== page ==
Purpose: To critically examine the outcomes of arthroscopic debridement for glenohumeral arthritis and to perform an evidence-based synthesis of the available literature. Methods: A systematic review of the literature was performed by a search of electronic databases. Two reviewers independently assessed the methodologic quality and extracted relevant data from each included study. When outcomes data were similar between studies, data were pooled for the purposes of generating summary outcomes through the use of frequency-weighted values. Results: Five studies were included after fulfilling all inclusion and exclusion criteria. At a frequency-weighted mean follow-up of 34.8 months, 212 patients (range, 19 to 71 patients) with a frequency-weighted mean age of 49.2 years were available for follow-up evaluation. In general, patients had significant improvement in motion and functional outcomes. Thirteen percent of patients underwent conversion to a shoulder arthroplasty. The influence of specific patient demographics, degree of glenohumeral stiffness, and arthritis severity on functional outcome and treatment failure could not be determined. Conclusions: This systematic review shows that arthroscopic debridement for glenohumeral arthritis lacks high-quality evidence to support its routine use. Level IV-type evidence would suggest improvement in pain relief and patient satisfaction in the short-term. Future studies should comprehensively define patient characteristics, trend results over time, and attempt to find associations between patient variables and outcome. Level of Evidence: Level IV, systematic review of Level IV studies.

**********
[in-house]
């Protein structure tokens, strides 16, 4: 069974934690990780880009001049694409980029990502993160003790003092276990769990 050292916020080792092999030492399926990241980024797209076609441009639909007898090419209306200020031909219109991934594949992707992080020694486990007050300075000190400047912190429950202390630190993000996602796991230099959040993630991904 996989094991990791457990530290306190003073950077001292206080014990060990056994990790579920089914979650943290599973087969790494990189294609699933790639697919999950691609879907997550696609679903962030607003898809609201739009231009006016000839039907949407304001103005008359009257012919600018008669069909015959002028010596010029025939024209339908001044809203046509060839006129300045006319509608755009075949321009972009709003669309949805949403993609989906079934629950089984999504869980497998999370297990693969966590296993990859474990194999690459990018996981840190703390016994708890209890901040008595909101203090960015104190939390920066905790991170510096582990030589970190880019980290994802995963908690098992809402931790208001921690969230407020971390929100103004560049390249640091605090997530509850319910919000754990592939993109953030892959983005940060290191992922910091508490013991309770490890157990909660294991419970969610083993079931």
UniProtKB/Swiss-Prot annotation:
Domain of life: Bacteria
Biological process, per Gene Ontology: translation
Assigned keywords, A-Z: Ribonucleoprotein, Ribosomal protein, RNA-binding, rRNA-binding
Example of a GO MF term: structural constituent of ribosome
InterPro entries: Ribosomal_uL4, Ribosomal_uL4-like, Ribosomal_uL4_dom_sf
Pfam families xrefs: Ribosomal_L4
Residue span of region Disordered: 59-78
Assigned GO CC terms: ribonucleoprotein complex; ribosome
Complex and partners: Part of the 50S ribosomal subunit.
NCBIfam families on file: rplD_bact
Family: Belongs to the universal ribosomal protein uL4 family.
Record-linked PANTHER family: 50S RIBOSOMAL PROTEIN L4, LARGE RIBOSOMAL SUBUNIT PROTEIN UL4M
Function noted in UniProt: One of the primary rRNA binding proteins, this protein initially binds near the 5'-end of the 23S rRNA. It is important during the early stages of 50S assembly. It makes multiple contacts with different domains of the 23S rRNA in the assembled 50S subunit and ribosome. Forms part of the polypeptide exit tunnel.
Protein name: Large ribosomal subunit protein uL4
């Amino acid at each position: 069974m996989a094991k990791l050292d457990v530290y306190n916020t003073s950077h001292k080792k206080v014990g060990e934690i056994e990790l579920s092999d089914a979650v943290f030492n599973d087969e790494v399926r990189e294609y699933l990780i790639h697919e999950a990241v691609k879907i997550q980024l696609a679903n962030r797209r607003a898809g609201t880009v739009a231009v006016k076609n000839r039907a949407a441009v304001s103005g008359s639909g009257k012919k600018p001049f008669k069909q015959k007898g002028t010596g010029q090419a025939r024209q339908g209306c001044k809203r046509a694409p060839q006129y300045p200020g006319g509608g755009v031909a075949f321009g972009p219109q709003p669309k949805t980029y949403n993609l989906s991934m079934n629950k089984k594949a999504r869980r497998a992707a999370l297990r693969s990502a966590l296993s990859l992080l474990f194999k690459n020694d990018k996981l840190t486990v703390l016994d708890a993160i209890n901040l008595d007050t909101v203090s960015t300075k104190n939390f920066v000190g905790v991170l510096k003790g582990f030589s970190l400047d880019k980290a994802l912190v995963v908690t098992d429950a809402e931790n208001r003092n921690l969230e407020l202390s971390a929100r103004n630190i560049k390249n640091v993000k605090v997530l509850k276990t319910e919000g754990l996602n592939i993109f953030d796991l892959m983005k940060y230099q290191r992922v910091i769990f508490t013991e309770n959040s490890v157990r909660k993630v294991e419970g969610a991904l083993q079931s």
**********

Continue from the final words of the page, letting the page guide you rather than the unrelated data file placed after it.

|Number of pages||7|
|Journal||Arthroscopy - Journal of Arthroscopic and Related Surgery|
|State||Published - Aug 1 2013|